The fact that the Blancaneaux Lodge is owned by the famous film director Francis Ford Coppola is just one of the reasons that you should visit this luxurious resort. It’s perched along the banks of the Priassion River and has 19 villas traditional built on stilts from local hardwoods and thatched roofs. You can feel all the worries of home melt away as you kick back in the hot tub or pamper yourself with an onsite spa treatment and massage.
The Indonesian-inspired Turtle Inn is another of Coppola’s resorts in Belize. There are several luxurious thatched cabanas with exotic private gardens, Japanese baths and hand-crafted artisanal furnishings. This understated beauty is just tiptoeing distance from a long stretch of white beach and the glistening Caribbean Sea.
The secluded little boutique hideaway along the Caribbean Sea is just a stone’s throw from Hopkins. It has 22 spacious guestrooms decked out in hand-crafted Belizean hardwood furnishings and private porches overlooking the gorgeous views. You can spend your days stretched out on the sandy beach working on your tan or learning a new water sport.
Ready to begin your luxury break in Belize? Get in touch with one of our Belize travel experts on +44 (0) 207 407 1478 or email us here to start planning.
Whichever part of the world you’re in, humble street food has always been the place to look for the best eats. Forget fancy restaurants and gourmet cuisine, it’s on the streets where you’ll find the people’s food. Santiago is no exception where the high footfall metro stops around Santa Ana, Baquedano and Cal y Canto have some mouth-wateringly good food. Alternatively, as night begins to close in, make a beeline for Bellavista where the delicious things are cooked along the streets until the early hours.
Completo’s are Chile’s answer to the American hot dog, just better and twice the size. A large boiled frankfurter sausage placed between bun is where the comparison ends. The basic completos are then loaded with freshy chopped tomatoes, mashed lemony avocado and lashings of mayonnaise. You can then create your own bespoke hot dog. Some add sauerkraut, others fried onions, French fries and fried eggs. If you’re looking to soak up the night’s boozy intake, try the completo with potatoes and cut meats and avoid the hangover the next day.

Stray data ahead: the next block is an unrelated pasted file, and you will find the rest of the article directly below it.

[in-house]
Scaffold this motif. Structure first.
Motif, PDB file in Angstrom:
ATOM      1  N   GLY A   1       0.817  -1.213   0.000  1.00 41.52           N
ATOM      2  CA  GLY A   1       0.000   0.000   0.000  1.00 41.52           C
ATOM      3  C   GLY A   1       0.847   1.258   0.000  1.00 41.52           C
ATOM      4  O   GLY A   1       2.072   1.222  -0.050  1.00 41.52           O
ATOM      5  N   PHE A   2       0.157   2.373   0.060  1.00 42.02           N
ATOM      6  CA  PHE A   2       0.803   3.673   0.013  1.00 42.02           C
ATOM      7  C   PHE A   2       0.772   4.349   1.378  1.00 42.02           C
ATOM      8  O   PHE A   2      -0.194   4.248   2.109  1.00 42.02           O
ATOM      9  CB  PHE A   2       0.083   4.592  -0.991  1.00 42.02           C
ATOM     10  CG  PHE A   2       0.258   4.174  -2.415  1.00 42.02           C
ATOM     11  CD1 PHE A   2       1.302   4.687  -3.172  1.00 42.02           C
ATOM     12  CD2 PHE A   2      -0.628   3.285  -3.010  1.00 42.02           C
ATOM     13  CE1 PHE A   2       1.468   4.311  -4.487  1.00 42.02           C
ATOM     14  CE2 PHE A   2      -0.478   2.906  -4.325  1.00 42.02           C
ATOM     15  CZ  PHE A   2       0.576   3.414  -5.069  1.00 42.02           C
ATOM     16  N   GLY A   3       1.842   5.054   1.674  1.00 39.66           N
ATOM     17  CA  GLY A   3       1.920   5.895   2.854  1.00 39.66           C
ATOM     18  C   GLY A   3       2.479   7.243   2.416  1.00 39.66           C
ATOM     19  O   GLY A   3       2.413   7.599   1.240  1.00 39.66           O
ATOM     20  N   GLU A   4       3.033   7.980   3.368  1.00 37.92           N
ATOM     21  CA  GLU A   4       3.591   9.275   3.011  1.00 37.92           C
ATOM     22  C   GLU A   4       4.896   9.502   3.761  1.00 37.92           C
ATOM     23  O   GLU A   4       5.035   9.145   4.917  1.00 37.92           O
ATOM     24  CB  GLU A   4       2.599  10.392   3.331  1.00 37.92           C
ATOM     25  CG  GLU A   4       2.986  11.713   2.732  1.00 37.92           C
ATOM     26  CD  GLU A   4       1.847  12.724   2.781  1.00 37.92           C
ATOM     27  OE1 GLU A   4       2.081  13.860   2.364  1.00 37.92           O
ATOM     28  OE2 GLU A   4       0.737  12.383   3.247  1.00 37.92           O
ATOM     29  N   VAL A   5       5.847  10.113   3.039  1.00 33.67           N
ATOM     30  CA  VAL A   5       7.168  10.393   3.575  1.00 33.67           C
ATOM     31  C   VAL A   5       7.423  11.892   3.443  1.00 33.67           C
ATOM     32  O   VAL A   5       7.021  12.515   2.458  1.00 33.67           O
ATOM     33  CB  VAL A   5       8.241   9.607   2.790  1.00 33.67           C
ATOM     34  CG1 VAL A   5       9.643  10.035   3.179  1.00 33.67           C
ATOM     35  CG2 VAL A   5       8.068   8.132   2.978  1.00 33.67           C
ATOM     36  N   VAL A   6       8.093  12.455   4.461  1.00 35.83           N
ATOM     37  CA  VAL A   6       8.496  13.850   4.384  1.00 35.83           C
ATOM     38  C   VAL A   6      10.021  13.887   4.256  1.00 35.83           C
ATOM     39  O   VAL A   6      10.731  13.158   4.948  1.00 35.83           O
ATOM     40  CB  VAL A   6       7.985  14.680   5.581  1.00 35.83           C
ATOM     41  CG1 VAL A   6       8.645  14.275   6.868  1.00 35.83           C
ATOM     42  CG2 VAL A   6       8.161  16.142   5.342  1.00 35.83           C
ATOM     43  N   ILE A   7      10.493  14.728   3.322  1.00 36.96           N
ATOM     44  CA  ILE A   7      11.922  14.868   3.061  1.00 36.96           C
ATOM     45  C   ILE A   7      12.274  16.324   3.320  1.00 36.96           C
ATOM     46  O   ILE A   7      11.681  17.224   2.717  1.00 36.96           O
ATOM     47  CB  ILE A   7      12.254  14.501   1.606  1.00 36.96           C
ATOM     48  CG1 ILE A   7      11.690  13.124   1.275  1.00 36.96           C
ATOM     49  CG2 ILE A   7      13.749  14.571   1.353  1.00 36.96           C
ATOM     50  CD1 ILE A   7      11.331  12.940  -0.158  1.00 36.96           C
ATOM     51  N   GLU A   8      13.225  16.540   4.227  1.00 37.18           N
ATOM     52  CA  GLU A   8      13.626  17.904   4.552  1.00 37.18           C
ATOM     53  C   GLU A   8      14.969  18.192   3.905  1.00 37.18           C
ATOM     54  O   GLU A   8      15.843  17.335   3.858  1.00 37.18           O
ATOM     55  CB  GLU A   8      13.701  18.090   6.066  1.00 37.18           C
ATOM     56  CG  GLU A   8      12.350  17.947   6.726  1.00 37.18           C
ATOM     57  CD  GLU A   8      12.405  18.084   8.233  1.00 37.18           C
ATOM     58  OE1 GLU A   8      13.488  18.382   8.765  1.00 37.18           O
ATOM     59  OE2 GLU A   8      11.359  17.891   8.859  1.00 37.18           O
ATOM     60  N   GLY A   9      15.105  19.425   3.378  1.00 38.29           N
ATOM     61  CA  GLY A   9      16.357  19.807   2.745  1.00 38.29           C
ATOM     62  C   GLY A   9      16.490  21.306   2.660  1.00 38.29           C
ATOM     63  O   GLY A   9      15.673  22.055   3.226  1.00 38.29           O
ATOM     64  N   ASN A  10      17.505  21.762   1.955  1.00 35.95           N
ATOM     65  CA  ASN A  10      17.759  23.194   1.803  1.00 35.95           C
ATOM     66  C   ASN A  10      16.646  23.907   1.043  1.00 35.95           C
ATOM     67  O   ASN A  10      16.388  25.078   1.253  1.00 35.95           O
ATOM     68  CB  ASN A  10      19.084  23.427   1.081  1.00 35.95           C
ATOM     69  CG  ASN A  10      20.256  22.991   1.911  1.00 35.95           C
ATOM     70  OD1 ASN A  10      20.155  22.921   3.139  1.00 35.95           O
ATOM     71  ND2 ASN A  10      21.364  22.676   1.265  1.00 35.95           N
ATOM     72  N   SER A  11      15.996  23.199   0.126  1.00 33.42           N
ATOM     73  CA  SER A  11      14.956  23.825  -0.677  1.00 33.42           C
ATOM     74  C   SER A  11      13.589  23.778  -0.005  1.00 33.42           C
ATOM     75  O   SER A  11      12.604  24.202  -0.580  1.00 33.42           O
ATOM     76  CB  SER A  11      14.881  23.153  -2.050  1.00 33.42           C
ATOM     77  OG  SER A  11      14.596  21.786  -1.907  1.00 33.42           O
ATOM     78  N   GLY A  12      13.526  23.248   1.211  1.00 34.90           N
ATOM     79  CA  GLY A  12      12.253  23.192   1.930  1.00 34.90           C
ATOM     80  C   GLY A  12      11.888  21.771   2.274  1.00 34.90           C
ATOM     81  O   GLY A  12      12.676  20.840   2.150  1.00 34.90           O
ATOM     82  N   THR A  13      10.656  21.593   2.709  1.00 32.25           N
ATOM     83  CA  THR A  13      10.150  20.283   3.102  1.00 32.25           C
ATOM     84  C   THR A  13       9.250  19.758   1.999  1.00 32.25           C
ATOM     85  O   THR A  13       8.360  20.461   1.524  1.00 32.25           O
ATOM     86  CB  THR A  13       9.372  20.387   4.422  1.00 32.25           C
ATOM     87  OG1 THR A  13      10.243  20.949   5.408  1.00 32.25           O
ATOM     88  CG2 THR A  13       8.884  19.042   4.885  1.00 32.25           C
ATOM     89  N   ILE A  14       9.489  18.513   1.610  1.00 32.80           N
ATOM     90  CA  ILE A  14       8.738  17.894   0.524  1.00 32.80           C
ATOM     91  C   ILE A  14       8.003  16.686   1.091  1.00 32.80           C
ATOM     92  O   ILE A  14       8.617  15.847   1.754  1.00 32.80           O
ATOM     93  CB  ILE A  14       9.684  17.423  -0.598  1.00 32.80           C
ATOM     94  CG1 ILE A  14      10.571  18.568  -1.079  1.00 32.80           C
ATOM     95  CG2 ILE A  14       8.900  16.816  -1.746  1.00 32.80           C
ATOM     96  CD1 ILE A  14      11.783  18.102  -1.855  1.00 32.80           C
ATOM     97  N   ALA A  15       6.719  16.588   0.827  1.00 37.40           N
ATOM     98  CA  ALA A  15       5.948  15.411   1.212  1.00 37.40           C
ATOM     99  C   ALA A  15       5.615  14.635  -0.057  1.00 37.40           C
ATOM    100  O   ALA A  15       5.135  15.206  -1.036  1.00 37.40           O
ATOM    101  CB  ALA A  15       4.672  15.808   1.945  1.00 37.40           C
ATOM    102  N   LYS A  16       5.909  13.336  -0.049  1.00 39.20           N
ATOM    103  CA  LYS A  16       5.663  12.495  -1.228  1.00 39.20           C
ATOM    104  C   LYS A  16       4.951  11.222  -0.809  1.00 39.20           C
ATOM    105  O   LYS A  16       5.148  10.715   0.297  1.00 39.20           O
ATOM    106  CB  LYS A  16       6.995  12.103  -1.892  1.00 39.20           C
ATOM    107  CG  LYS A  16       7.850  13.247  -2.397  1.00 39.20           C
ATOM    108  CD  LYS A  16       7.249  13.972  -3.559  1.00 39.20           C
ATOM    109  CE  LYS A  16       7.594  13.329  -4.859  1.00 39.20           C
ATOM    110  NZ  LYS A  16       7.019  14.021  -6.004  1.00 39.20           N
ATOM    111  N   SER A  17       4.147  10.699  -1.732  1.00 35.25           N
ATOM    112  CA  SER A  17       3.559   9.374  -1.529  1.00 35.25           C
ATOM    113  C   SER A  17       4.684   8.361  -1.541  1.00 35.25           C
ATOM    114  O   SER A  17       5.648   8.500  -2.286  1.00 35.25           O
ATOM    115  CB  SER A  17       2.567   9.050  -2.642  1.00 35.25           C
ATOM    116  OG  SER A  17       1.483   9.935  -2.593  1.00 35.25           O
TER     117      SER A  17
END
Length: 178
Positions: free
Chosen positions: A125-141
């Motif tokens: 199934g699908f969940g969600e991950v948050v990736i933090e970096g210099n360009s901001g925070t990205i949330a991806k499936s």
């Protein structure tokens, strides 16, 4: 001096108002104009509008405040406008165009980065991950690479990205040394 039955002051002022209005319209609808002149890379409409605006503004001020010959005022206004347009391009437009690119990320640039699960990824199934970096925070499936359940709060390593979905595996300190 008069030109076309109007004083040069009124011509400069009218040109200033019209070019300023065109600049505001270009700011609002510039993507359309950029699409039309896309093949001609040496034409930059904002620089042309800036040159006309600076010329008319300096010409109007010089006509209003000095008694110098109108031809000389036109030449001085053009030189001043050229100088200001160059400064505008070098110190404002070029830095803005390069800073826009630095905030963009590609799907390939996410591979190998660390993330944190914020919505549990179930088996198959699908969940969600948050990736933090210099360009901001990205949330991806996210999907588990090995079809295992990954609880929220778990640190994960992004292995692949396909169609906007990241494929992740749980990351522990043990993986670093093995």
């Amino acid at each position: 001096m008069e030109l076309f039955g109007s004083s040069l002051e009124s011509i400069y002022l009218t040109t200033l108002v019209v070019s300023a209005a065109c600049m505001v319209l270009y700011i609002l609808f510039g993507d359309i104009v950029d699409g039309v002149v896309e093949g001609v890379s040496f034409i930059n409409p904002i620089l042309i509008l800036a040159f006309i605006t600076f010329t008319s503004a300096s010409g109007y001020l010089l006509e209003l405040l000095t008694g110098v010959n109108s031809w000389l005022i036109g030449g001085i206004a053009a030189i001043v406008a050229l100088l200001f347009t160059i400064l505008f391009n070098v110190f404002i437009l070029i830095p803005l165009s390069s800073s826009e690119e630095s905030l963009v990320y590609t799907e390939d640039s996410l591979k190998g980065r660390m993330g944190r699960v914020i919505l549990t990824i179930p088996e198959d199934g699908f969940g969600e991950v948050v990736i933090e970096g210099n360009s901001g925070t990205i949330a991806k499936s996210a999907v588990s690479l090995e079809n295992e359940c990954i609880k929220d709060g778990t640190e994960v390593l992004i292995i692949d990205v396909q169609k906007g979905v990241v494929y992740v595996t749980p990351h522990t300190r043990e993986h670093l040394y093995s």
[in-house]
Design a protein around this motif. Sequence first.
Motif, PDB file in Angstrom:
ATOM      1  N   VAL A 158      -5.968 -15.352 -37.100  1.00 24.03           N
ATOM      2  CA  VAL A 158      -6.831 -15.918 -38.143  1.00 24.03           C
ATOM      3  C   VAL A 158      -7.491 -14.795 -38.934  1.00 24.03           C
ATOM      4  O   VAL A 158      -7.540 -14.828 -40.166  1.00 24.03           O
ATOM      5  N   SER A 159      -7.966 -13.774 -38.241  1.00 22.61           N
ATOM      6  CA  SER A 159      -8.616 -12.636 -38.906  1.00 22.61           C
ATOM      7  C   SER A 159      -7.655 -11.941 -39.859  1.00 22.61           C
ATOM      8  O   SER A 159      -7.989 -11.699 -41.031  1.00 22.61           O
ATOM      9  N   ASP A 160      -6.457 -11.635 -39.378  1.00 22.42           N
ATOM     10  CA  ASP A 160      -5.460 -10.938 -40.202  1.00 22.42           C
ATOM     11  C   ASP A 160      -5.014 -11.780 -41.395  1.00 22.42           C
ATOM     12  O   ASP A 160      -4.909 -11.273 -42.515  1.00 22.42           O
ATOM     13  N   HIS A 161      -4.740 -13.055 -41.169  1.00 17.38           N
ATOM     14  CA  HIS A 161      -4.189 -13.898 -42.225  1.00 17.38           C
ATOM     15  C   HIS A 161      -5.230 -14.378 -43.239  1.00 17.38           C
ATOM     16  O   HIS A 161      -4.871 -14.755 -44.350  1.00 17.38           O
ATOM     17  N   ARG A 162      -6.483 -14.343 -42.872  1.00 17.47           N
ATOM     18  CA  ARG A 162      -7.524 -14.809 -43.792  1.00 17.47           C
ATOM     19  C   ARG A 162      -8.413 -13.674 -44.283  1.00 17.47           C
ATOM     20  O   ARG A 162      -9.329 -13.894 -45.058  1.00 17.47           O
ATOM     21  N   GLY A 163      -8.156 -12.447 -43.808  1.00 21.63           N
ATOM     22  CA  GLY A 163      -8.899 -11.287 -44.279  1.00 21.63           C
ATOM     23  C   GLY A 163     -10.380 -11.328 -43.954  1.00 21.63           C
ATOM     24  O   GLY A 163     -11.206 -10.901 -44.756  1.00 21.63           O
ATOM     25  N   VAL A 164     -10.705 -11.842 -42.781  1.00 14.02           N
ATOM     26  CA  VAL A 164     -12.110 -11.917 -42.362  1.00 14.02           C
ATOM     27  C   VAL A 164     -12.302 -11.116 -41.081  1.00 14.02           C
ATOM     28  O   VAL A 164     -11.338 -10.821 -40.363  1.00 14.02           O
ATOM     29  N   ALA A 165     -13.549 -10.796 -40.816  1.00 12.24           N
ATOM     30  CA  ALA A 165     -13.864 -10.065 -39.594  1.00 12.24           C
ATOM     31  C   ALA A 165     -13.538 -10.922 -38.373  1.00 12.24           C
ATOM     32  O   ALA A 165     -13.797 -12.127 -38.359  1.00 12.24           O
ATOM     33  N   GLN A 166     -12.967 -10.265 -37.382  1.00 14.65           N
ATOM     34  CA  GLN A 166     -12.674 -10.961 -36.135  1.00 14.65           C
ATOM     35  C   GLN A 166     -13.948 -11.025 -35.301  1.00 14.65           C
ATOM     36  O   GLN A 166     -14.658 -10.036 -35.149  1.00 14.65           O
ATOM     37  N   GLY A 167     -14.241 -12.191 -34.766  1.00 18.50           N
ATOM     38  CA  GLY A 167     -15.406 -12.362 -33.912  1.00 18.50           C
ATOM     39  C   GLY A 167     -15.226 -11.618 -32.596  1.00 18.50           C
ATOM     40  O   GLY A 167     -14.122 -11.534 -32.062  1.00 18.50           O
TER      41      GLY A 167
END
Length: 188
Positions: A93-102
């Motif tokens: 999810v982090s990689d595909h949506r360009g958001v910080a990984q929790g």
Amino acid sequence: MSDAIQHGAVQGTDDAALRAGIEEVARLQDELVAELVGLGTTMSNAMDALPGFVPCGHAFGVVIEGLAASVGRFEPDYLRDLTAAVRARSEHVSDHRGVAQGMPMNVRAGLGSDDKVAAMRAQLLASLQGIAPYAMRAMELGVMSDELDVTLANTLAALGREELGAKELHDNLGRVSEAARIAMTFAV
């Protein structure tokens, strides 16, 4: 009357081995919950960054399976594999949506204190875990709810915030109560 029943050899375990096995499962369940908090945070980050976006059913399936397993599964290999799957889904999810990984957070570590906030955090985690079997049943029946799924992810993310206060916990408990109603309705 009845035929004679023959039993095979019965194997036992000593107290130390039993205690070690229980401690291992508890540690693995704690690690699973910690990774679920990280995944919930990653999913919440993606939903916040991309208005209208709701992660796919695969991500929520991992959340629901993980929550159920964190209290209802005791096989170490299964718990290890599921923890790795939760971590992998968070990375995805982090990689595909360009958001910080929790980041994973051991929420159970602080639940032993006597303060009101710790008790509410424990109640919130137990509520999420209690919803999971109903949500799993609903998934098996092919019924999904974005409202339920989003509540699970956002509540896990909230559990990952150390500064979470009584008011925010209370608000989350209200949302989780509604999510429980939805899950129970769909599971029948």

Mote con huesillo
Typically served during the summer months, the mote con huesillo is a traditional non-alcoholic drink made from unhusked wheat grain, dried peaches and peach juice simmered with sugar and cinnamon. It’s seriously sweet with an interesting texture provided by the soaked wheat and makes for a meal all by itself and the use of a spoon is necessary. Look out for varieties sold from rolling vendors who sometimes replace the sugar with honey and use dried prunes instead of peaches.
Empanada de pino
Empanada’s a stable all over South America. Much like a British pasty, warm, flaky pastry encapsulates a savoury filling of minced beef (pino), onions, olives and some hard-boiled eggs. Occasionally, you’ll find varieties that include raisins and it’s not hard to find vegetarian empanadas filled with a spiced potato and vegetable mix or even seafood empanadas. The ones found on street stalls have already been oven baked nearby, so look out for empanadas hot and fresh out the oven.
If you’re looking for anticuchos, just follow your nose. The smell of roasting meats emanates along the most streets in the Chilean capital so they aren’t difficult to find, particularly at night. Typically, chunks of beef, though chicken and pork are not uncommon, are marinated in a heady mix of chillies, cumin and garlic vinegar before being barbecued over smoky coals. For some of the best brochettes, seek out the vendors around Cal y Canto and La Vega.